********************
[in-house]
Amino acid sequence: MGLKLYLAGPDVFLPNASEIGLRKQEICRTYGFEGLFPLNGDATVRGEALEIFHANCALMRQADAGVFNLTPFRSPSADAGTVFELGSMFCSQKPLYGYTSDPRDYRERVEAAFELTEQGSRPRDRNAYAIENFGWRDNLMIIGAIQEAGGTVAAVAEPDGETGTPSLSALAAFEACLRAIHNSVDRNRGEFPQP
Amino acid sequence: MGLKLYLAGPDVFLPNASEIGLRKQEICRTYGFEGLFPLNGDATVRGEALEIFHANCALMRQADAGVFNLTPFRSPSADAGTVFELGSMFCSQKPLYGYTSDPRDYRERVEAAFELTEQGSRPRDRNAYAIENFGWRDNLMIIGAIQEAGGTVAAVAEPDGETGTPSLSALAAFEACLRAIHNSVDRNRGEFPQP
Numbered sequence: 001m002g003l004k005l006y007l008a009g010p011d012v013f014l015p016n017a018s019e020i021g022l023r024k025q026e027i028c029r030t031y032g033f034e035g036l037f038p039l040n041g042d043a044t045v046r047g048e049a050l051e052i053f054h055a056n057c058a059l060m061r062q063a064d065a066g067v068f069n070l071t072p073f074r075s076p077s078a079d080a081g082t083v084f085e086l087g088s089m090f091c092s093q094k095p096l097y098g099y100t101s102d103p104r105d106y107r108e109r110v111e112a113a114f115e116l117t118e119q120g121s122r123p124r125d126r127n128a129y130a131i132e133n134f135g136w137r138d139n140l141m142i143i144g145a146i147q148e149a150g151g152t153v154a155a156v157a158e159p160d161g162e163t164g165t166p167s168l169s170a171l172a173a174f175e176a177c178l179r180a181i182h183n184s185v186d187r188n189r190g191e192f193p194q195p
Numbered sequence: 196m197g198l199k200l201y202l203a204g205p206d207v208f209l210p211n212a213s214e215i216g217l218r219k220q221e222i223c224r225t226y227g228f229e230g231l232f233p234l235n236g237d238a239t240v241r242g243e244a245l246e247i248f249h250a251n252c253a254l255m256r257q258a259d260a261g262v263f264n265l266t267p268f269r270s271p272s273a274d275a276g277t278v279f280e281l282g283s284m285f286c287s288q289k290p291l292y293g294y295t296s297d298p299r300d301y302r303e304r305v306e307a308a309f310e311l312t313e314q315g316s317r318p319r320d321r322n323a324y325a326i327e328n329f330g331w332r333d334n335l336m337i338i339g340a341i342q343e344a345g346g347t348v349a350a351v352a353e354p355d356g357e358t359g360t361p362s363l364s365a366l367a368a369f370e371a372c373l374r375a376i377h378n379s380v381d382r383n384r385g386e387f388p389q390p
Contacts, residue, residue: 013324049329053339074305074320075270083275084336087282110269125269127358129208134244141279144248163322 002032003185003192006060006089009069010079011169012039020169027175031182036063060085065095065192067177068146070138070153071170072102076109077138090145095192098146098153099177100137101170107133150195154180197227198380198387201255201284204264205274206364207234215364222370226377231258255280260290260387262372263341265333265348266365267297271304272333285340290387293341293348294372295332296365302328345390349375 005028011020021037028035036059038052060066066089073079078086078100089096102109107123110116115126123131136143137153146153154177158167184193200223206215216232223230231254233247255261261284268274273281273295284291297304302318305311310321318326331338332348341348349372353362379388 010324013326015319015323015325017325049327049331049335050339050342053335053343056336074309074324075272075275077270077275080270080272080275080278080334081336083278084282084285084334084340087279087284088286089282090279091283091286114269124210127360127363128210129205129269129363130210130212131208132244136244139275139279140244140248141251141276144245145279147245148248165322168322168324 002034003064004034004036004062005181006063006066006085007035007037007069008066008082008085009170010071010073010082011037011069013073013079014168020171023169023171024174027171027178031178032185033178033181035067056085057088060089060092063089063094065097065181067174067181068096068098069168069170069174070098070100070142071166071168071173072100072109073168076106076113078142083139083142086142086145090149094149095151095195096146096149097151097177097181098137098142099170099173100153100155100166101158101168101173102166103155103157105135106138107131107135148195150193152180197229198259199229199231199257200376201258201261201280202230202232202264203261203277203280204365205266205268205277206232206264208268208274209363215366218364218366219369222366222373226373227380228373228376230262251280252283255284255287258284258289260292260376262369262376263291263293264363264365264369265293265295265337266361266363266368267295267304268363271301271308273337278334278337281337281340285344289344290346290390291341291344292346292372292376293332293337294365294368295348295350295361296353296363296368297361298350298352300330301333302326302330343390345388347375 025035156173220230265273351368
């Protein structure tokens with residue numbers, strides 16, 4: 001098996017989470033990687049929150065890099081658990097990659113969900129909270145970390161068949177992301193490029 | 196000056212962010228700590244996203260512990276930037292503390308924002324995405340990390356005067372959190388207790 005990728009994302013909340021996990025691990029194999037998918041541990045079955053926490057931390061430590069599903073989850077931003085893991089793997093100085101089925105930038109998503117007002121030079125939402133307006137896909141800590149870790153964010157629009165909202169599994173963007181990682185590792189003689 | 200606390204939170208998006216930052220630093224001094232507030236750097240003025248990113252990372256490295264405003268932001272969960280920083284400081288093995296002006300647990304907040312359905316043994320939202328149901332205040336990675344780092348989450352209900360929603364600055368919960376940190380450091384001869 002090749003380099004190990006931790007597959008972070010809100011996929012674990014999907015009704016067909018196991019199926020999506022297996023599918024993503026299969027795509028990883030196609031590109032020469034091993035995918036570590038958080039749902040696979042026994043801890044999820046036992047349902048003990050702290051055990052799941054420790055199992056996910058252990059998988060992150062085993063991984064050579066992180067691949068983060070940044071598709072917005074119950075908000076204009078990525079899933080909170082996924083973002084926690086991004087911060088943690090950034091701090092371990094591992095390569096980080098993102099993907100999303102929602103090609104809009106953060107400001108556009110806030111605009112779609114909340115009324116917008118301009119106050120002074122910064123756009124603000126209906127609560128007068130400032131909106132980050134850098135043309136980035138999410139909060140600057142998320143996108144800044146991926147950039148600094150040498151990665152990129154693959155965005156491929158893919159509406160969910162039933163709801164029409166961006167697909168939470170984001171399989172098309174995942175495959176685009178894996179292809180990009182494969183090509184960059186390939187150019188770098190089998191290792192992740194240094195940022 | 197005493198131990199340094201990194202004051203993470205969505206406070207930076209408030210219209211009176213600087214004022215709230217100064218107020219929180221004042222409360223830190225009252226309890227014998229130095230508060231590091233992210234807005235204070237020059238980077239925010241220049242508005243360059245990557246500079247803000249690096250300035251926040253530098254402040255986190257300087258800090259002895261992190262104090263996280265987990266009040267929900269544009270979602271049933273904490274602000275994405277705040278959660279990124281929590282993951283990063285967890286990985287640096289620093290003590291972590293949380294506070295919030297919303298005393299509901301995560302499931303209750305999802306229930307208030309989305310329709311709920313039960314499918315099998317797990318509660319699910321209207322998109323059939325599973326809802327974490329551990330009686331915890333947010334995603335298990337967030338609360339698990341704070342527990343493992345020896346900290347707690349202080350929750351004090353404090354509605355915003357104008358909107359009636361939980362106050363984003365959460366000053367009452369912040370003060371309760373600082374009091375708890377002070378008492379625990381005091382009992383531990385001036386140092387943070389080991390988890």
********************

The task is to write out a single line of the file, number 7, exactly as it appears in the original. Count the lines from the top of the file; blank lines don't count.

């Protein structure tokens with residue numbers, strides 16, 4: 001098996017989470033990687049929150065890099081658990097990659113969900129909270145970390161068949177992301193490029 | 196000056212962010228700590244996203260512990276930037292503390308924002324995405340990390356005067372959190388207790 005990728009994302013909340021996990025691990029194999037998918041541990045079955053926490057931390061430590069599903073989850077931003085893991089793997093100085101089925105930038109998503117007002121030079125939402133307006137896909141800590149870790153964010157629009165909202169599994173963007181990682185590792189003689 | 200606390204939170208998006216930052220630093224001094232507030236750097240003025248990113252990372256490295264405003268932001272969960280920083284400081288093995296002006300647990304907040312359905316043994320939202328149901332205040336990675344780092348989450352209900360929603364600055368919960376940190380450091384001869 002090749003380099004190990006931790007597959008972070010809100011996929012674990014999907015009704016067909018196991019199926020999506022297996023599918024993503026299969027795509028990883030196609031590109032020469034091993035995918036570590038958080039749902040696979042026994043801890044999820046036992047349902048003990050702290051055990052799941054420790055199992056996910058252990059998988060992150062085993063991984064050579066992180067691949068983060070940044071598709072917005074119950075908000076204009078990525079899933080909170082996924083973002084926690086991004087911060088943690090950034091701090092371990094591992095390569096980080098993102099993907100999303102929602103090609104809009106953060107400001108556009110806030111605009112779609114909340115009324116917008118301009119106050120002074122910064123756009124603000126209906127609560128007068130400032131909106132980050134850098135043309136980035138999410139909060140600057142998320143996108144800044146991926147950039148600094150040498151990665152990129154693959155965005156491929158893919159509406160969910162039933163709801164029409166961006167697909168939470170984001171399989172098309174995942175495959176685009178894996179292809180990009182494969183090509184960059186390939187150019188770098190089998191290792192992740194240094195940022 | 197005493198131990199340094201990194202004051203993470205969505206406070207930076209408030210219209211009176213600087214004022215709230217100064218107020219929180221004042222409360223830190225009252226309890227014998229130095230508060231590091233992210234807005235204070237020059238980077239925010241220049242508005243360059245990557246500079247803000249690096250300035251926040253530098254402040255986190257300087258800090259002895261992190262104090263996280265987990266009040267929900269544009270979602271049933273904490274602000275994405277705040278959660279990124281929590282993951283990063285967890286990985287640096289620093290003590291972590293949380294506070295919030297919303298005393299509901301995560302499931303209750305999802306229930307208030309989305310329709311709920313039960314499918315099998317797990318509660319699910321209207322998109323059939325599973326809802327974490329551990330009686331915890333947010334995603335298990337967030338609360339698990341704070342527990343493992345020896346900290347707690349202080350929750351004090353404090354509605355915003357104008358909107359009636361939980362106050363984003365959460366000053367009452369912040370003060371309760373600082374009091375708890377002070378008492379625990381005091382009992383531990385001036386140092387943070389080991390988890």